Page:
Just off the summit I ran into Blaine Moore with his daughter Lily attached to his front side. He told me I looked good, I asked if it was the lipstick or the eyeliner. Once again Emma crossed my path on her way up the hill followed by her pacer and husband and race director Ian. I had asked a couple people to pace me but didn’t fret too much when they weren’t able to commit. I really made the final decision to push on for the last lap when I saw Zak charging up the hill for the last time, and I knew I had to do the same.

There was great support to me as I came in the starting area. Sean was there again to cheer and quickly asked what he could do to help. He helped fill my bladder bag and another friend quickly jumped in to also help. I asked them to grab my marshmallows, yes marshmallows, which got quite a chuckle, and also to grab some more beef jerky. My kids made me realize just how great a marshmallow could be. They pack light, go down easy, don’t stick to teeth and well, taste great! Pure sugar baby. I don’t dare to check the nutrition label but will now forever to be a big, big, fan. Mountain Dew took the place of Coke and I thanked Linda Douglass for the potatoes which I ate on my way back up the hill for the last time.

The last time I ever have to, began to cross my mind as I made my way along the trail. This was it, the last lap. I was on pace for a sub ten hour finish, and all I had to do was to keep on running like Maggie. If I walked too much it would hurt just as much and I might not get out of that pace. My knee felt better down The Terrace Trail as I learned to place my foot slightly out instead of straight ahead, and I felt really good coming into Boucher’s Buffet.

More of the same food, and I figured one hour until I got back. I caught up with the lost group and some others who kindly gave way to me, and forced me to continue my pace to stay ahead of them. I had taken one slip climbing a rock that gave me a moment to pause and tell myself to keep at it. I also passed George Alexion and Rick Abradi, which motivated me more. As I hit mile forty, and owl flew past me and landed in a tree to get a look at me. I had seen one in this area before, but usually only on morning runs, not around 1:30 in the afternoon.

Sean and his friends had not only moved from aid station to aid station but were also cheering on runners in the woods. Even though I had passed them sometime before, I could still hear them cheering on runners. Kind of sadly, it was the last I heard them, as I suppose I must have gotten that far ahead of their friend.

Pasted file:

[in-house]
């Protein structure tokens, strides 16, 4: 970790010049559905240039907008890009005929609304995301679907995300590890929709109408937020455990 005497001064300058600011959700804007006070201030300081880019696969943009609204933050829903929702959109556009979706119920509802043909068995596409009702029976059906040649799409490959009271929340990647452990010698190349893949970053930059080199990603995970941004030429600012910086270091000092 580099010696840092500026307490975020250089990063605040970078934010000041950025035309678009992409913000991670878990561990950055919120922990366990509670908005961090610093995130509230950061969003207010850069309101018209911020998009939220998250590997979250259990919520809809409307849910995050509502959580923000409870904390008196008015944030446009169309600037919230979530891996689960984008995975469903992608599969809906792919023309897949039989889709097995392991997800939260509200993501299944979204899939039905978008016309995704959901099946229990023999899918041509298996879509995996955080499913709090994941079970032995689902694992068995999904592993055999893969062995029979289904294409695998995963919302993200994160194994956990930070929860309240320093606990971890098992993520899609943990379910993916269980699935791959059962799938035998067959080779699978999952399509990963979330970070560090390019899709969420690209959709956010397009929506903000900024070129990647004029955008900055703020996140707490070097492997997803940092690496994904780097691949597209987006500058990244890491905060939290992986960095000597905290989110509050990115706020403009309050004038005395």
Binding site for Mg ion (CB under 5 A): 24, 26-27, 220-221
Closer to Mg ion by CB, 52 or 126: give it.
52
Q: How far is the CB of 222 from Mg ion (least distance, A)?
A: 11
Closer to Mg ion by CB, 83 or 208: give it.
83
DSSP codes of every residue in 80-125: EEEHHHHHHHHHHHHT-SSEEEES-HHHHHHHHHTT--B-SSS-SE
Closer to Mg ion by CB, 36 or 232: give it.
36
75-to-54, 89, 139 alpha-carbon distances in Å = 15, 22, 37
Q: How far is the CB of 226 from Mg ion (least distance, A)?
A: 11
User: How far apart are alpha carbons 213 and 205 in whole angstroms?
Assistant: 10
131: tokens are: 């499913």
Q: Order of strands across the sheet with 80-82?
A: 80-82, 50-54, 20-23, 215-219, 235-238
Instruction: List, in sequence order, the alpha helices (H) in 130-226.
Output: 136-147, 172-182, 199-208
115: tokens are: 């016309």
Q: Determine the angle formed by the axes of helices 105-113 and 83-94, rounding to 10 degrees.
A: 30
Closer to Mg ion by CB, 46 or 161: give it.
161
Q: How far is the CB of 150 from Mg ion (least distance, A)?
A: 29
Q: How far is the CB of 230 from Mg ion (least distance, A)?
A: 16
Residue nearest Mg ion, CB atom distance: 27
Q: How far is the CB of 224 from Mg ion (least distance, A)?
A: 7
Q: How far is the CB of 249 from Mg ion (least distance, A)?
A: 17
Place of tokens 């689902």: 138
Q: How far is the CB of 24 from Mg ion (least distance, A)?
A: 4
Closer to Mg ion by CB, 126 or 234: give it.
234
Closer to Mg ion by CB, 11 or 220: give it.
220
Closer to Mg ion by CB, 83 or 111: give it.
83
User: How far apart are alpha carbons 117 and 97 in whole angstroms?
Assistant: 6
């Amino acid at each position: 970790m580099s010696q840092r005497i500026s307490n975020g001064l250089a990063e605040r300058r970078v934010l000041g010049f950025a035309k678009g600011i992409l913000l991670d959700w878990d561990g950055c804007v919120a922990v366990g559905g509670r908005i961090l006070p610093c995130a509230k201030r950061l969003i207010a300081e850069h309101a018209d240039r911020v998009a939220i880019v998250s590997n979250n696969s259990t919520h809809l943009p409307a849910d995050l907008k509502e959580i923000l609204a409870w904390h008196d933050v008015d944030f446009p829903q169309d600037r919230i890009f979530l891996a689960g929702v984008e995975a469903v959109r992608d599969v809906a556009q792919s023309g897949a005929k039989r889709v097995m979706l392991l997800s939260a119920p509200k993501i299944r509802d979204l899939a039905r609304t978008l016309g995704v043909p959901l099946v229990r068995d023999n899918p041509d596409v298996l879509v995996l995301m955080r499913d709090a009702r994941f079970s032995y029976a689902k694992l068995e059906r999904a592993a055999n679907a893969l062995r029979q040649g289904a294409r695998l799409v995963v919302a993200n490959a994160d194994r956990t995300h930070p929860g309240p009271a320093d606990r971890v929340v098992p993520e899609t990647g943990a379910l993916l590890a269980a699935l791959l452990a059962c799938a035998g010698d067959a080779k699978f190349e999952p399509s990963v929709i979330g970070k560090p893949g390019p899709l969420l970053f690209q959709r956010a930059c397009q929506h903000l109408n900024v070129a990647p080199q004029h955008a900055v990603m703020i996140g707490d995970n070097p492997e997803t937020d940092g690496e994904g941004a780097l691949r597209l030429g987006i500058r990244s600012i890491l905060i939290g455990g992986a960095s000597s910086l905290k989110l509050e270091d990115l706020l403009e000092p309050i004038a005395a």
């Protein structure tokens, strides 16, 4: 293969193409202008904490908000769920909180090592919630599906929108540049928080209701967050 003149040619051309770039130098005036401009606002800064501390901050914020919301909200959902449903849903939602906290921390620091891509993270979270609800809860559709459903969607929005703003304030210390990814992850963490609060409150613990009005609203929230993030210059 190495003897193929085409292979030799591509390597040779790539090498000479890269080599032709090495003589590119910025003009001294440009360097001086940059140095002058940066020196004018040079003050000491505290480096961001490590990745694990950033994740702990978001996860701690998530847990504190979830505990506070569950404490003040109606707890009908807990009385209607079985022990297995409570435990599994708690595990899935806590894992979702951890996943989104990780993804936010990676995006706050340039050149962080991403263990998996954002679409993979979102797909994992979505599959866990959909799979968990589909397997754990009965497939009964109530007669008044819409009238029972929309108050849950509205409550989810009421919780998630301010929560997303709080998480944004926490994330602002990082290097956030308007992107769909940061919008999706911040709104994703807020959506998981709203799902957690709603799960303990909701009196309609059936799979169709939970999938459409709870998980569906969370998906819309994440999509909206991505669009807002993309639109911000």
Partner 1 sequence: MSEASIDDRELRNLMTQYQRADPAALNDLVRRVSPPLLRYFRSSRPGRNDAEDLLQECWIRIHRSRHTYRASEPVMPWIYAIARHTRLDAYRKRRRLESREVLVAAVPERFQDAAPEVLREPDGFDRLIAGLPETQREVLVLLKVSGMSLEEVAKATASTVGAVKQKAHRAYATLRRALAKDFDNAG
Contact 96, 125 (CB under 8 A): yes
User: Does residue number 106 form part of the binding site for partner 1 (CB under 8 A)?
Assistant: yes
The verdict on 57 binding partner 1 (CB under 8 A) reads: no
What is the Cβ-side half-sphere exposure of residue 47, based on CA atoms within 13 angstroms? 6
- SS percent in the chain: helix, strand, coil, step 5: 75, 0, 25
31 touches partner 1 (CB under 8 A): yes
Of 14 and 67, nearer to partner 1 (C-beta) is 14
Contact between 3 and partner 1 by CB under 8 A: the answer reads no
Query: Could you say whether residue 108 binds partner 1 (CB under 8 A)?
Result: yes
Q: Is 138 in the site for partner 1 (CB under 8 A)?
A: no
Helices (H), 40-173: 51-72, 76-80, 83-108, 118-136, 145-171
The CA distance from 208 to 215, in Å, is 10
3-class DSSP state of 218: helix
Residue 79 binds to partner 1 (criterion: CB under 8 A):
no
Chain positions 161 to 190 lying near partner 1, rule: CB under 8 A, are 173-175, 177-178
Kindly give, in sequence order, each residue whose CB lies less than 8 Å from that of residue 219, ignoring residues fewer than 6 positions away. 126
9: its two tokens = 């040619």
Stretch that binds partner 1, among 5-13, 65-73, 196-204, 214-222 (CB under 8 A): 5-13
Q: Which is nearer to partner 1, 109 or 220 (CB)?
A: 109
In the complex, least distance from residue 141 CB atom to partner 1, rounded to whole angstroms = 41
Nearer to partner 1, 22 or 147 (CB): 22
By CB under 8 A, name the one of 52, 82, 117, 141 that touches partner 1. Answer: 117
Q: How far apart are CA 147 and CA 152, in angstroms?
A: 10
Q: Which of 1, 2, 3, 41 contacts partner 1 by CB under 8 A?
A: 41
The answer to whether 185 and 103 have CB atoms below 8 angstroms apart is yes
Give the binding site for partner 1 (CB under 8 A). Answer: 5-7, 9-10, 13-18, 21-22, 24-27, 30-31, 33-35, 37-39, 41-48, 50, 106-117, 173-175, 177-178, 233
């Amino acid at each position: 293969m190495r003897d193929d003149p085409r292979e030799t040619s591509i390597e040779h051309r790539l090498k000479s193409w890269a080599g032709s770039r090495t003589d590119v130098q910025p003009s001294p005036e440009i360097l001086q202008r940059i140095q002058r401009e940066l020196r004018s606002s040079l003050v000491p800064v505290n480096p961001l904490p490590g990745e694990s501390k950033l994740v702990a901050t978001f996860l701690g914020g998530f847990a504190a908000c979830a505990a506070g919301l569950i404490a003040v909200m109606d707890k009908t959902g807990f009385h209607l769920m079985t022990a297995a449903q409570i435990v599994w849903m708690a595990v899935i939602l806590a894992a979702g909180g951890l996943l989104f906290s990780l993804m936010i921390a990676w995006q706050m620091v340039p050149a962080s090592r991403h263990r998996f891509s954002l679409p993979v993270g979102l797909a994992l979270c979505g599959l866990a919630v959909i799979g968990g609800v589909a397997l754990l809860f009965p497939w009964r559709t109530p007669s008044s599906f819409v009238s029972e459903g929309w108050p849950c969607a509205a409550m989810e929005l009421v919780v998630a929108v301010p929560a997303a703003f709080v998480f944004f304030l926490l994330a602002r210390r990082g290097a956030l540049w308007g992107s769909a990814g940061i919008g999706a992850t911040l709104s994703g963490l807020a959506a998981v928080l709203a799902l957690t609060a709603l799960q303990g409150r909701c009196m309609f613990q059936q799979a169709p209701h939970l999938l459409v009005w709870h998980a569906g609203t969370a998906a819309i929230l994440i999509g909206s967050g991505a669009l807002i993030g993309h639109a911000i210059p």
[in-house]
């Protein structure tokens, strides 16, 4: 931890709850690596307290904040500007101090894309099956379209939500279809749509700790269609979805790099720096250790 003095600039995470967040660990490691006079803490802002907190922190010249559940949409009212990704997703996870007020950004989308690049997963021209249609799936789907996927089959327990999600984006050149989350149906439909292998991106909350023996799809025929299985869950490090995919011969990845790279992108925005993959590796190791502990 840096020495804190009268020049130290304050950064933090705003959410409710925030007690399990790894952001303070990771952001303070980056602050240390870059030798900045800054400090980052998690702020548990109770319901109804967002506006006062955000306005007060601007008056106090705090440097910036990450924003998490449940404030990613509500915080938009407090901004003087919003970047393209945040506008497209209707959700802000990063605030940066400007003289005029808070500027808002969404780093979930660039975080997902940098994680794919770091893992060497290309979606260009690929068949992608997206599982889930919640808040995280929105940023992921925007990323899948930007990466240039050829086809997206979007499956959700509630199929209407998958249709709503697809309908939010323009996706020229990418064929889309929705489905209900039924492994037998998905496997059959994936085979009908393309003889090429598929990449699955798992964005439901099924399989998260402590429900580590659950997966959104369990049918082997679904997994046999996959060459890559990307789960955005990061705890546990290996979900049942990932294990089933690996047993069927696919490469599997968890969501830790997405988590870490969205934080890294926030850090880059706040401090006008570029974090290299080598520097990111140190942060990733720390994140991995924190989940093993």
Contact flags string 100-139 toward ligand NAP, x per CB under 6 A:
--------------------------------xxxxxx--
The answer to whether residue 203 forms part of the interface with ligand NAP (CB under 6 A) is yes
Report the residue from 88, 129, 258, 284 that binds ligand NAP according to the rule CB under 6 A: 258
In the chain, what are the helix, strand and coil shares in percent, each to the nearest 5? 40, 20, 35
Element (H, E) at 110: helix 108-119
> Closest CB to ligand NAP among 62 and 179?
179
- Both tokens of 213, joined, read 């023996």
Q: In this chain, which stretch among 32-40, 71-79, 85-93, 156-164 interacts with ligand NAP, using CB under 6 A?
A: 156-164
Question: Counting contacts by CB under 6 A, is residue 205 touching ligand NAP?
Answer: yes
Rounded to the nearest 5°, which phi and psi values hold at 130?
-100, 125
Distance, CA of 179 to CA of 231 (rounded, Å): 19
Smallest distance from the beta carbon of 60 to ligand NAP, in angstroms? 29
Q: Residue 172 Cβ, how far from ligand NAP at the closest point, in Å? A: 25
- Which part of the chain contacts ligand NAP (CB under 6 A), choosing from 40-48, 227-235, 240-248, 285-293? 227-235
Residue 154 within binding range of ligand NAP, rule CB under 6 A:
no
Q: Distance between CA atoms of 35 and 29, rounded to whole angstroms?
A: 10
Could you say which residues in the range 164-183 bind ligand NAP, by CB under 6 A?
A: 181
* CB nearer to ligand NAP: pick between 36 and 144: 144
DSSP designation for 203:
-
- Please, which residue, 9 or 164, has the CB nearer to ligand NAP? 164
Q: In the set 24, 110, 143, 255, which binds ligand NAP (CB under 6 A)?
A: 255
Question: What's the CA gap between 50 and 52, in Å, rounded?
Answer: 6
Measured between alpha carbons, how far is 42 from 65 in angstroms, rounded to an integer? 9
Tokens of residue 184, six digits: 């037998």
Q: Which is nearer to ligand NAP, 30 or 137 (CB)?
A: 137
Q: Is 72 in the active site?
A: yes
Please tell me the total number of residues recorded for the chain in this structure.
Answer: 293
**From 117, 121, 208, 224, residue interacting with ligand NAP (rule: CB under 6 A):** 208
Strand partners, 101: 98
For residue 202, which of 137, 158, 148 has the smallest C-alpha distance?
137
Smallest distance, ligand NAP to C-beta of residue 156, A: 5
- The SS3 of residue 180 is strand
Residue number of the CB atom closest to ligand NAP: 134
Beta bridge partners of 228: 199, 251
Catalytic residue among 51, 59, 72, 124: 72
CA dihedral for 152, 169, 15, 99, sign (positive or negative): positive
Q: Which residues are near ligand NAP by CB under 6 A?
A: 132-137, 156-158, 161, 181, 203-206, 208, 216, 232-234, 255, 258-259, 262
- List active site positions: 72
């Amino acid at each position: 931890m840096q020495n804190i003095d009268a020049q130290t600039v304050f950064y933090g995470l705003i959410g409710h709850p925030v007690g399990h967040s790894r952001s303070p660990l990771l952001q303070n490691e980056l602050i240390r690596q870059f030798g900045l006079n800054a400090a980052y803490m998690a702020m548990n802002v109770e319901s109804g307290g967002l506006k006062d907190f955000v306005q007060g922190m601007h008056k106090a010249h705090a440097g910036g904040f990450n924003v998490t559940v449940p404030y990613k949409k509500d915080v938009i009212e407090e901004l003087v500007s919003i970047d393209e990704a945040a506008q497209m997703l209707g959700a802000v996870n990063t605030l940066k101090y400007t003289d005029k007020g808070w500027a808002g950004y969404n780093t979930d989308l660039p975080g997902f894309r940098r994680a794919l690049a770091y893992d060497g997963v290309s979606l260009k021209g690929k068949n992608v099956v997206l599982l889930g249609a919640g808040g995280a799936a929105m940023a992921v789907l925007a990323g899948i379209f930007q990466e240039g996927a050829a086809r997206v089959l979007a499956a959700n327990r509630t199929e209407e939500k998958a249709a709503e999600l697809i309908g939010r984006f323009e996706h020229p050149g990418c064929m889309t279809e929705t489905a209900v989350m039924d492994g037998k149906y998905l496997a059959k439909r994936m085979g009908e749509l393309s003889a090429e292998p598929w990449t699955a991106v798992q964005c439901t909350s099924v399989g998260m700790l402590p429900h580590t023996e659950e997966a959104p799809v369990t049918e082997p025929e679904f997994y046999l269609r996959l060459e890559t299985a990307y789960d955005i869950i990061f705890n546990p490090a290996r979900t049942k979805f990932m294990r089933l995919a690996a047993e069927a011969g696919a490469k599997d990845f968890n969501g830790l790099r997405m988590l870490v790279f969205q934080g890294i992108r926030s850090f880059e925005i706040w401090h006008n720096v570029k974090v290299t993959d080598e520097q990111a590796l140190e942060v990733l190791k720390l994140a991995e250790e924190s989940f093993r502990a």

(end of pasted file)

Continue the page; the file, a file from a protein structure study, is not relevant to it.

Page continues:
Coming into Boucher’s, the rain started to come down hard and I took temporary shelter while fueling back up and speaking with Randy and his kids. I asked Eric for some Ben Gay or like product, as I didn’t reapply ointment back at the school. None available, but oh well, my legs were better than expected and I really needed to hit it if I was going sub ten.

No longer was I thinking about just finishing, now it was about the time. Still, run like Maggie and I could do it. I had about an hour and a half for the final nine miles.

In the morning I had written four people’s initials on my forearm who had passed away this year. As I thought back to each one, I realized how their lives had so positively impacted my own and that this opportunity given to me this day should not be taken for granted. My family had to sacrifice much to allow me to start the race, and I wouldn’t do them justice or those who I lost, just being content with participating. I had gotten a cool t-shirt, and a hunter orange bandana for signing up, but now there was not only a hoodie less than ten miles away, there was a lot of pride and appreciation of others waiting for me at the finish.

A couple more 50Kers I managed to pass on my way over Tyron and in to see Ryan. I asked about my headlamp and he said I wouldn’t need it. I knew that but wanted to pick it up next time through rather than track it down after the race.

One more 50K runner I caught on top of the road hill, and then another just before the powerlines. Ryan had said Emma wasn’t too far ahead of me but I didn’t want to burn myself out trying to catch another runner, especially one as strong as Emma being led by Ian’s relatively fresh, race directing legs. I was thrilled catching 50kers, quite unexpectedly and it was tempting to burn through the woods as it was the faster part of the course. I came out to the field and could see Emma and Ian making their way up the hill. I called out, “Wait for me” waving my arms. They yelled back something I couldn’t hear and were soon out of sight.